Things are now progressing quite well at the workshop. There are currently 8 full-time trainees and the trustees are continuing to seek more in the longer term. They have had success with their examination entries and attendance has improved.
The extra floor that has been added to the workshop will enable work to be carried out literally on two levels. Closely supervised will be the newish trainees on the ground floor. They will be looking to master basic skills. On the upper floor will be the trainees who have already successfully completed level 3 Government exams in Carpentry and Joinery. The more experienced trainees will also, on occasions, help with the training of the inexperienced ones downstairs.
We would not expect trainees to produce much in the way of real, paid for work during their training but we are hoping to do just that at Paluoc. The trainees have always been able to carry out very basic tasks like sanding wood by hand but this is a very slow, arduous and not very productive occupation, though sometimes necessary. We are trying to introduce more in the way of power tools to increase skill levels, job satisfaction and productivity.
The workshop has been able, through financial assistance via Global Giving, and from Hands Around The World and others, to purchase some electric drills and routers. This adds kudos to the tasks to be undertaken and helps bring these unskilled trainees into the 21st century. It greatly increases the range of tasks that they can learn to undertake. However the most important issue is their understanding of the absolute necessity of using the tools properly and above all safely. This is one of the current priorities for the workshop.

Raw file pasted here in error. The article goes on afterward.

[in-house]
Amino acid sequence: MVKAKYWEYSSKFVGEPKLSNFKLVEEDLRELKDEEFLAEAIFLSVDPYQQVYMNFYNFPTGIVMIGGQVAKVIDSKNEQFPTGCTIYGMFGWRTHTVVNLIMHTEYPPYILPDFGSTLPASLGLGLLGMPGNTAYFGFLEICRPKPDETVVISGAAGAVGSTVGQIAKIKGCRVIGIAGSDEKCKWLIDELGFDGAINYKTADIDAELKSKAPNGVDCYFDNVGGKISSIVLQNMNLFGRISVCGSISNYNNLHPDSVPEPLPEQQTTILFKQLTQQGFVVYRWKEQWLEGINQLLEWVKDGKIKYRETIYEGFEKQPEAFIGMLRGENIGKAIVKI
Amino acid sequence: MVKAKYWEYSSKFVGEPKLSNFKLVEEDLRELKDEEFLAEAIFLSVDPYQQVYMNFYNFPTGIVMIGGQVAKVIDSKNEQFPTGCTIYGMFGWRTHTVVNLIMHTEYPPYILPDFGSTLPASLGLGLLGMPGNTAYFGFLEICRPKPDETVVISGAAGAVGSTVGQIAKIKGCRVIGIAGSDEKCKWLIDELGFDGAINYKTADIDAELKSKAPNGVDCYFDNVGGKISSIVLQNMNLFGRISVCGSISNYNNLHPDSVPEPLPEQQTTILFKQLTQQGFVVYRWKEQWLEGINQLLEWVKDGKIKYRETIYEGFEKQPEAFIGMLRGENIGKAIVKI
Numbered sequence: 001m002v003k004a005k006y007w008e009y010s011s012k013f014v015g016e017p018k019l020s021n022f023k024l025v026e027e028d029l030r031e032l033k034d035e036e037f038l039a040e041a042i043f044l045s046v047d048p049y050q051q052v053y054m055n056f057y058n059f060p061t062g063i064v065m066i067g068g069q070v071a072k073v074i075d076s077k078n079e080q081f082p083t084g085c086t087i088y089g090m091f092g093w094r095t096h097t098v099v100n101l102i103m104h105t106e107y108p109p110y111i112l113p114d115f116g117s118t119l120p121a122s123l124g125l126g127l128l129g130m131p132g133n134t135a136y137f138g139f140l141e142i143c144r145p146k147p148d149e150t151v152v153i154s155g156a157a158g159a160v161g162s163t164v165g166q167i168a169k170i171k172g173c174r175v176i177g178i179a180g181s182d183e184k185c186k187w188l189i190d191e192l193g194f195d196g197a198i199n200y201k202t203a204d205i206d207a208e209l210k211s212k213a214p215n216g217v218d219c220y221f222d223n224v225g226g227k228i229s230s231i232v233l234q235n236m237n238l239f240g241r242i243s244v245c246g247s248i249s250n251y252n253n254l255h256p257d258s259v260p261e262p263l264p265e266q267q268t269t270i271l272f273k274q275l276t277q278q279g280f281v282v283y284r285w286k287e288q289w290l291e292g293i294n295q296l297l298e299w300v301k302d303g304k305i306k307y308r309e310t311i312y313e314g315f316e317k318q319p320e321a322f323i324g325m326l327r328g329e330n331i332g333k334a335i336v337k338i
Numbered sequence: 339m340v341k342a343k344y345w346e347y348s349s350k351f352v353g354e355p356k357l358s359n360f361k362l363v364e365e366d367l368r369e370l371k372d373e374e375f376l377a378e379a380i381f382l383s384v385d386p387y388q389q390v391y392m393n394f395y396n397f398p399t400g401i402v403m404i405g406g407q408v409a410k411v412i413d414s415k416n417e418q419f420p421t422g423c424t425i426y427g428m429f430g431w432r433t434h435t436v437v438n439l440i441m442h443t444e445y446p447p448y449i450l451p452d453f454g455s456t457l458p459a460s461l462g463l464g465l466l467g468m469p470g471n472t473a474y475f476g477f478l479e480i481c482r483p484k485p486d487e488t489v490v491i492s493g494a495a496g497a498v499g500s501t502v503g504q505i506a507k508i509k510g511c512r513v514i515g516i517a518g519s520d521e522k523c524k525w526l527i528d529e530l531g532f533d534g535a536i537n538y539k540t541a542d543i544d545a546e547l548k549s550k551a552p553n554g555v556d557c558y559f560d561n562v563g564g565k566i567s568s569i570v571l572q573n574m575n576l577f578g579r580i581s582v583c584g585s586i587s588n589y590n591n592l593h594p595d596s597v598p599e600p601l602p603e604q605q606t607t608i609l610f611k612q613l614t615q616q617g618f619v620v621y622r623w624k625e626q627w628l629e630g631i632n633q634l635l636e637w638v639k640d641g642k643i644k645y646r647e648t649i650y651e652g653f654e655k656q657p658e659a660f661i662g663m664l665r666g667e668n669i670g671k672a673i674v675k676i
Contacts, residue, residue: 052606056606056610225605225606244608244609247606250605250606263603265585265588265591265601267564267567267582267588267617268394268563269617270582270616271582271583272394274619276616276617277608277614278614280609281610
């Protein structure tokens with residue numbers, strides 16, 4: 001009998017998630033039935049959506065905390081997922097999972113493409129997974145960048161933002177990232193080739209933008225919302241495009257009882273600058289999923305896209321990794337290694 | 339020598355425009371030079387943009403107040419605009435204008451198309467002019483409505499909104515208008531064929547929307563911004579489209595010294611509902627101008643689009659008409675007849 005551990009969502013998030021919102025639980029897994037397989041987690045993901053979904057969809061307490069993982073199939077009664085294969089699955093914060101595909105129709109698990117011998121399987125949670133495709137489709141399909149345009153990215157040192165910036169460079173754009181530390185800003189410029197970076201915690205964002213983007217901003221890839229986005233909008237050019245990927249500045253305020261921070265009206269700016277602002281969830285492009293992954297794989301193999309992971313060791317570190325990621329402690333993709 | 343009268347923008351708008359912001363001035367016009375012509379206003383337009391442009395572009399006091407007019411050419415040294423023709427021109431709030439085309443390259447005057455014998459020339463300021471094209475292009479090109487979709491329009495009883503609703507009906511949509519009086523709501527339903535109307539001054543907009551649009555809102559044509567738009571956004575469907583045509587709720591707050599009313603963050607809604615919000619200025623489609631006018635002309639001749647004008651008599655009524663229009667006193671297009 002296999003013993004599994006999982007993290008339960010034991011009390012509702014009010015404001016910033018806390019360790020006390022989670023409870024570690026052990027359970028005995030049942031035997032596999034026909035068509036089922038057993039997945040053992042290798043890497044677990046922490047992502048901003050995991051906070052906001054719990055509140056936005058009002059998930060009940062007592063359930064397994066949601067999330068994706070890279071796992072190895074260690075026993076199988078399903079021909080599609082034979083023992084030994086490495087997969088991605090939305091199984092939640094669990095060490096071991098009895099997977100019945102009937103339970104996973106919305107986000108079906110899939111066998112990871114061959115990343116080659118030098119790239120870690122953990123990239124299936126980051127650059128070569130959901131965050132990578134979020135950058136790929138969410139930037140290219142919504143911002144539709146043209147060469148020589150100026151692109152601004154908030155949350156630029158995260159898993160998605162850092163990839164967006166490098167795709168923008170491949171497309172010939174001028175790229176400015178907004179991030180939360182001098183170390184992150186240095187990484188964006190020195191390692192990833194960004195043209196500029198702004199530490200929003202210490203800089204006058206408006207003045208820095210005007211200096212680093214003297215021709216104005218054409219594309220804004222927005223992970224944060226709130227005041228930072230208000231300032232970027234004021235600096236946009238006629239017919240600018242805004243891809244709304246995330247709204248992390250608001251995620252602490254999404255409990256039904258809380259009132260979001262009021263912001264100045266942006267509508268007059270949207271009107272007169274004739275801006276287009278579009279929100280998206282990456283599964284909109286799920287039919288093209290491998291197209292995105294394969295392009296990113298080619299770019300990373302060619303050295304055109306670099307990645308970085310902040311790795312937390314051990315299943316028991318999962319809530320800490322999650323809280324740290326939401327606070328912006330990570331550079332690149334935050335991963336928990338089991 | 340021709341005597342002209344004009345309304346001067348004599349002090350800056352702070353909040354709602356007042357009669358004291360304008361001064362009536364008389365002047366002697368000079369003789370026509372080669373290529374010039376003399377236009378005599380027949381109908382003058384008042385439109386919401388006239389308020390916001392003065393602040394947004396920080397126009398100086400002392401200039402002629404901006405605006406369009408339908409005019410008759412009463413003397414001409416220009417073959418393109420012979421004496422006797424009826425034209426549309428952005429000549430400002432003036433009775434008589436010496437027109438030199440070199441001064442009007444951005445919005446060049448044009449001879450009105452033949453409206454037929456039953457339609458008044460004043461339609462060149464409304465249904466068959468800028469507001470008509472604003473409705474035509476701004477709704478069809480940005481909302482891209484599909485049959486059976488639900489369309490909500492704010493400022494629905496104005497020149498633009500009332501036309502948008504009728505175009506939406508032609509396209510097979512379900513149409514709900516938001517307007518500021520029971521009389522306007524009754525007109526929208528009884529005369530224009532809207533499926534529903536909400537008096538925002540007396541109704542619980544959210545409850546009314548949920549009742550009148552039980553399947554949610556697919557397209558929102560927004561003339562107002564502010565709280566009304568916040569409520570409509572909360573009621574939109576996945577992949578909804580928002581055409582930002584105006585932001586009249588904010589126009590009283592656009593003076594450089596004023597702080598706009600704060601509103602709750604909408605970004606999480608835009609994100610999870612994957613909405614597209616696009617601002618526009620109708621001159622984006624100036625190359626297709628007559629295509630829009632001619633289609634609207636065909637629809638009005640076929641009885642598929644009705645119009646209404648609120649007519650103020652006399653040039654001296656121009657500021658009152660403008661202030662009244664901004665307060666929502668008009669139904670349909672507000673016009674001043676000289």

There is quite a lot of competition for carpentry products both from other local carpenters and from Chinese mass produced imports. Paluoc is managing to obtain some real work tasks, eg making desks, repairing lockers etc for schools but the flow of such work is intermittent. On the one hand this means that the workshop can concentrate on its primary purpose; getting these trainees to develop their basic skills, but it is also a loss of potential income for the workshop and for the trainees. A small financial incentive is useful for these trainees who all come from very needy backgrounds. It’s also good for their self-esteem and in some cases helps to feed their wider family.
I have been looking with Paul Ochieng, our Centre Manager and chief instructor, at the possibility of a little diversification of their product range.
We are looking at the possibility of producing chairs inspired by local Luo design but aimed at tourists and locally wealthy parents and grandparents. The painted ones are the finished article and would have to be sold locally. The unpainted ones can be flat packed and fit into a tourist’s suitcase. I am going to visit Paluoc in January next year to explore this and any other ideas that Paul may come up with in the meantime. I have sent Paul my drawings for the chairs to ask him to assess how easily they can be made by the trainees, and then whether they could be sold at the local tourist market, or elsewhere.
To help finance itself and to continue to move on and learn new skills such projects are essential for Paluoc.
Thank you very much for your interest and continuing support!